Pioneer Hall sits proudly on Main Street, reminding all of the rich history of Pleasant Hill, TN. The building dates back to 1887 when construction began on a dormitory for Pleasant Hill Academy students. The American Missionary Association sent the Reverend Benjamin Dodge to Pleasant Hill in 1885 to begin a school and a church. Now Pioneer Hall is a museum that tells the stories of the Academy and the medical work of Dr. May Wharton, the Doctor Woman of the Cumberlands.
The building itself is the museum’s largest artifact. And one of the most surprising artifacts stands in the gazebo next to Pioneer Hall. This is a bell cast by Paul Revere and Sons in 1817. It’s Number 199 in the list of Revere bells. One of Rev. Dodge’s benefactors, J.J. Gregory, bought the bell from the North Congregational Church in Marblehead, MA when the church was renovated. Mr. Gregory shipped the bell to his friend in Tennessee and it was placed in the belfry of the Academy’s first building in 1887 where it called students to class and rang out to warn of fire.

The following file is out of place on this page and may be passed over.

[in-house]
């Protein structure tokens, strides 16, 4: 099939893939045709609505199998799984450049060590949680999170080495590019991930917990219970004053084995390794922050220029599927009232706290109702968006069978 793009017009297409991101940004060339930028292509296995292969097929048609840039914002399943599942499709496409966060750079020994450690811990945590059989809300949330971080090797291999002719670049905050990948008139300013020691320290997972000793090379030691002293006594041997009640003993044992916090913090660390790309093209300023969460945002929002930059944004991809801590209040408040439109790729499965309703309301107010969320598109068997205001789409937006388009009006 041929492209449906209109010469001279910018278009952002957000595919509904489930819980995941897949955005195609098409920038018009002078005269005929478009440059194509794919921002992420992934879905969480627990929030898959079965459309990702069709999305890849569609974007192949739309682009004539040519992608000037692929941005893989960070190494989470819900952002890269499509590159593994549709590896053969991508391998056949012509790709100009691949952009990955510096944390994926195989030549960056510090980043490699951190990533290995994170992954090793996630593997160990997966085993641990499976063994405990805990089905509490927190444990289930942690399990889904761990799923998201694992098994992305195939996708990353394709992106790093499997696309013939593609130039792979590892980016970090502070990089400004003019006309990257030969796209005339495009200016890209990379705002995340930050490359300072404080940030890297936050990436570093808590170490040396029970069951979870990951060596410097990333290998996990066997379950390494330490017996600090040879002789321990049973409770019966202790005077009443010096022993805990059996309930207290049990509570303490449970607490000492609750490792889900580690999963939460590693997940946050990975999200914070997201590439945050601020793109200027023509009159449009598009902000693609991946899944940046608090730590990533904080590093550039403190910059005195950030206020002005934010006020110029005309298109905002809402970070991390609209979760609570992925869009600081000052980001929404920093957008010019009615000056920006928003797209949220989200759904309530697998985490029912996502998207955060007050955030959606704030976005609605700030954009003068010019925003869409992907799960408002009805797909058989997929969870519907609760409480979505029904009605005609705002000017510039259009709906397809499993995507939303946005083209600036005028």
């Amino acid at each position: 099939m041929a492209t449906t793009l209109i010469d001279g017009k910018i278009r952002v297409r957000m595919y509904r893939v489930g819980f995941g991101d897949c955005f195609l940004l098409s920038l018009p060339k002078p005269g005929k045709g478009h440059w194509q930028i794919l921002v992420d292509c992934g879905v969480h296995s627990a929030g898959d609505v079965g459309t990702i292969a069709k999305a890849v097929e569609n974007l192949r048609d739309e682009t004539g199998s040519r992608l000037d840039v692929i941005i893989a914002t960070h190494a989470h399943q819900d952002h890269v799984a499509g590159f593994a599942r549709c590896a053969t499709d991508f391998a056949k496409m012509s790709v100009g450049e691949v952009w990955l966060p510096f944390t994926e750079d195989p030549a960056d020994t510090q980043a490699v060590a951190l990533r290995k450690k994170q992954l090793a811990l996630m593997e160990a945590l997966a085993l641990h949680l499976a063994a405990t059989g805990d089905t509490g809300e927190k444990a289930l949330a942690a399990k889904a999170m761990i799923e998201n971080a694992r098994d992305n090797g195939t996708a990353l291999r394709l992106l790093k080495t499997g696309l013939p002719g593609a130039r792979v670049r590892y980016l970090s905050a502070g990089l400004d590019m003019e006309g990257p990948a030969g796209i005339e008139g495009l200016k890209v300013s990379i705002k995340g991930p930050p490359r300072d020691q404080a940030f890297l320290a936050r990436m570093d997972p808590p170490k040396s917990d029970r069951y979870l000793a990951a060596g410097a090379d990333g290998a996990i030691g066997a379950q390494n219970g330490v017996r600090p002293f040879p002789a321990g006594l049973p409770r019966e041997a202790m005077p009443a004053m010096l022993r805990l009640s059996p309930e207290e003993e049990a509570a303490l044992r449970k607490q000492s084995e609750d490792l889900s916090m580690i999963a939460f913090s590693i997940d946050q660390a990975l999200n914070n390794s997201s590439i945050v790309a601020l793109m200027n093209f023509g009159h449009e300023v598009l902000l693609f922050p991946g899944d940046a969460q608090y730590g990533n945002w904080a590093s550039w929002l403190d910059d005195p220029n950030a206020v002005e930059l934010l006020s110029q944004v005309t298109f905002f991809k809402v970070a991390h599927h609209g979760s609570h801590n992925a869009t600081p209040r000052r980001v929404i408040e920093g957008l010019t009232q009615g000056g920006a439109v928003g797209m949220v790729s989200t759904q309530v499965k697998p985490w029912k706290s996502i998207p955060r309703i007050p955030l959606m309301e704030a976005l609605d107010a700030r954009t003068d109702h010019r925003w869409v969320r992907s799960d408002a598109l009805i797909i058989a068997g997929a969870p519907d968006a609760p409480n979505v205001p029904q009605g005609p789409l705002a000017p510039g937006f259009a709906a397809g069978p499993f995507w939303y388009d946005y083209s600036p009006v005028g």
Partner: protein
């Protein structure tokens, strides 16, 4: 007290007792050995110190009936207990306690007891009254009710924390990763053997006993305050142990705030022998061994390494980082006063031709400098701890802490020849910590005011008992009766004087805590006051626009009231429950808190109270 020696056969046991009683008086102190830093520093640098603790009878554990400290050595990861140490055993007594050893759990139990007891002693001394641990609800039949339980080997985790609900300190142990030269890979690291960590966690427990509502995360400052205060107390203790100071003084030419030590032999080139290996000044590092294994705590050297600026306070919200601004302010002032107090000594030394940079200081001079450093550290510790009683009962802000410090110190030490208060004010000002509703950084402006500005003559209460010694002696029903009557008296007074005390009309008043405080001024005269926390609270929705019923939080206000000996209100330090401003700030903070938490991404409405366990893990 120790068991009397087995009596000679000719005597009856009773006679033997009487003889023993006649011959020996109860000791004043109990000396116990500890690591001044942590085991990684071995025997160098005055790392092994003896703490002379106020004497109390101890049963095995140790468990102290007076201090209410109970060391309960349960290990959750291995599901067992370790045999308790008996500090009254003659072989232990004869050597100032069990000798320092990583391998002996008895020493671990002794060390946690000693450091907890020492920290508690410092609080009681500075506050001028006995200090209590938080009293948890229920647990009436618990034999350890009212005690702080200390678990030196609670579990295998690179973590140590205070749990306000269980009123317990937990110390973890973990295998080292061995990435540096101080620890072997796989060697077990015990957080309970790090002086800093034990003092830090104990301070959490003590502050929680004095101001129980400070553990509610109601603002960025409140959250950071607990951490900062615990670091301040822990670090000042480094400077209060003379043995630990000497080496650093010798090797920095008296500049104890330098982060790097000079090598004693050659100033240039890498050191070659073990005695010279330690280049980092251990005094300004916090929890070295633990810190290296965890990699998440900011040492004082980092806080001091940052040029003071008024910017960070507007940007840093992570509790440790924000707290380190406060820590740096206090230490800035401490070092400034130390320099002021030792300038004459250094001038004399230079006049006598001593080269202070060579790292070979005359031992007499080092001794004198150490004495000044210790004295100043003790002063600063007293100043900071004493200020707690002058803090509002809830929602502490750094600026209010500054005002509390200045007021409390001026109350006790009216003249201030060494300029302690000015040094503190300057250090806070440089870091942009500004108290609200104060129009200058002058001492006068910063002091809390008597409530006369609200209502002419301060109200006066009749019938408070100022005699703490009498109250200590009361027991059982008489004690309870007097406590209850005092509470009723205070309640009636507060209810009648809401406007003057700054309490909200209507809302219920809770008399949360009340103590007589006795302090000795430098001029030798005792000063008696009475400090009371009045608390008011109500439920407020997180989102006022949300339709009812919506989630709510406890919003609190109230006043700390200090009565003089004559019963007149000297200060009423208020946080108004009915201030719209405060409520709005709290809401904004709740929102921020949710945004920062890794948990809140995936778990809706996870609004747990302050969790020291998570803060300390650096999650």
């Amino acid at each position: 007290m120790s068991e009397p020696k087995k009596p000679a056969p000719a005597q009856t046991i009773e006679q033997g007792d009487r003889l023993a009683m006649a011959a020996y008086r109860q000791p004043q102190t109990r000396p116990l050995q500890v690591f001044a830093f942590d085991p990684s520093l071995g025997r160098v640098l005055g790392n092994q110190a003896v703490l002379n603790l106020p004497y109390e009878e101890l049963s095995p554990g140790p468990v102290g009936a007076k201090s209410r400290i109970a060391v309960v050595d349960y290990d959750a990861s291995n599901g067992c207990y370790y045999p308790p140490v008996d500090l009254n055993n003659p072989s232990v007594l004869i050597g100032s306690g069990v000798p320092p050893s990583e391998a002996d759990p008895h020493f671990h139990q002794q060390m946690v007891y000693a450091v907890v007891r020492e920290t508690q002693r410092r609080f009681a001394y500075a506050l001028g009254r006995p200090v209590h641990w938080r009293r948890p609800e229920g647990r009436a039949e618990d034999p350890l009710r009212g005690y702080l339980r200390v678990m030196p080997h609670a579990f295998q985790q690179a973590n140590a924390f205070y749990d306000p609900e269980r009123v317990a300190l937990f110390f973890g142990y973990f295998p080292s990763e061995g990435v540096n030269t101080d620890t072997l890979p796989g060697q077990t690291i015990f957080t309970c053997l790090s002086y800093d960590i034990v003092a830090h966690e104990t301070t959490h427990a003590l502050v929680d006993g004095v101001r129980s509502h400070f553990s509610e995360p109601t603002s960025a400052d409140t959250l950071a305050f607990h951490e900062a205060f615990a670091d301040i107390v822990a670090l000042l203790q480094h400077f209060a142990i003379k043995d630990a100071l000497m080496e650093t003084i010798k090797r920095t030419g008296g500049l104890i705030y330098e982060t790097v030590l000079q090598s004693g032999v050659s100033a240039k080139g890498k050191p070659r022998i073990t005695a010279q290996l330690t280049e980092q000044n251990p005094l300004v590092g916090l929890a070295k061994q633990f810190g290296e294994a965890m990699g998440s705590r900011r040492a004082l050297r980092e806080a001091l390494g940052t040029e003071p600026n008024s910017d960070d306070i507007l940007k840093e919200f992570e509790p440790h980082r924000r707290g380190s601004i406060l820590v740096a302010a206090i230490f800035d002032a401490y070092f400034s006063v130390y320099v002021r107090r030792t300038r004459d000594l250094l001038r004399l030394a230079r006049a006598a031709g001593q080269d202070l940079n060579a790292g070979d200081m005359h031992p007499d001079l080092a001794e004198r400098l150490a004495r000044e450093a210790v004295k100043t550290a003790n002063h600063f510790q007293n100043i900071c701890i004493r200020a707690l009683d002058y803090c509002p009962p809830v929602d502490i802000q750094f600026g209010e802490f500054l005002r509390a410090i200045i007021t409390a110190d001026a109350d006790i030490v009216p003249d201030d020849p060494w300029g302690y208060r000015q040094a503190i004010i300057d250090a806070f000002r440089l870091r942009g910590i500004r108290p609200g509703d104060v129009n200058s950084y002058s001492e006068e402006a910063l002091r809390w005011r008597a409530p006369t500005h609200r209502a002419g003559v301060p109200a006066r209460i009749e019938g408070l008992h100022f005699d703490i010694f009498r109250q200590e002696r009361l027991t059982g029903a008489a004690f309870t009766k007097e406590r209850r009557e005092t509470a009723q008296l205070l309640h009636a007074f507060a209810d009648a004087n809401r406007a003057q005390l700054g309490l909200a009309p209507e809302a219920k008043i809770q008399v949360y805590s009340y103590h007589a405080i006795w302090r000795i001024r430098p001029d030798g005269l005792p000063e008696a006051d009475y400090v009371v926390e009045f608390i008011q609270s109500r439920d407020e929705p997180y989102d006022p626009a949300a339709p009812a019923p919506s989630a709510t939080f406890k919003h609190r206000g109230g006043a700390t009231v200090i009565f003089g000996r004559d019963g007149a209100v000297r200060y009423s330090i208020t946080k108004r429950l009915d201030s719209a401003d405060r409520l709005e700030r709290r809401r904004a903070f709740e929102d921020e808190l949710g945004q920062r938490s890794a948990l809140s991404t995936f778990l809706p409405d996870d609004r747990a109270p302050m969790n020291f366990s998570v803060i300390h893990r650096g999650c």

The history of the Academy and the medical work of Dr. Wharton are closely entwined. Dr. May came to Pleasant Hill when her husband was appointed principal of the Academy in 1917. She and her colleagues and benefactors built a hospital and tuberculosis sanitorium while they cared for folks all over this area. When the hospital moved to Crossville, she built a nursing home and began a retirement community which lives today as Uplands Village.
Pioneer Hall Museum keeps alive the history of the Academy and the work of Dr. May through a collection of items like Rev. Dodge’s desk and Dr. May’s medical bag. The Revere bell links local history with Colonial American history. This remarkable history is a legacy from the past and an inspiration for the future.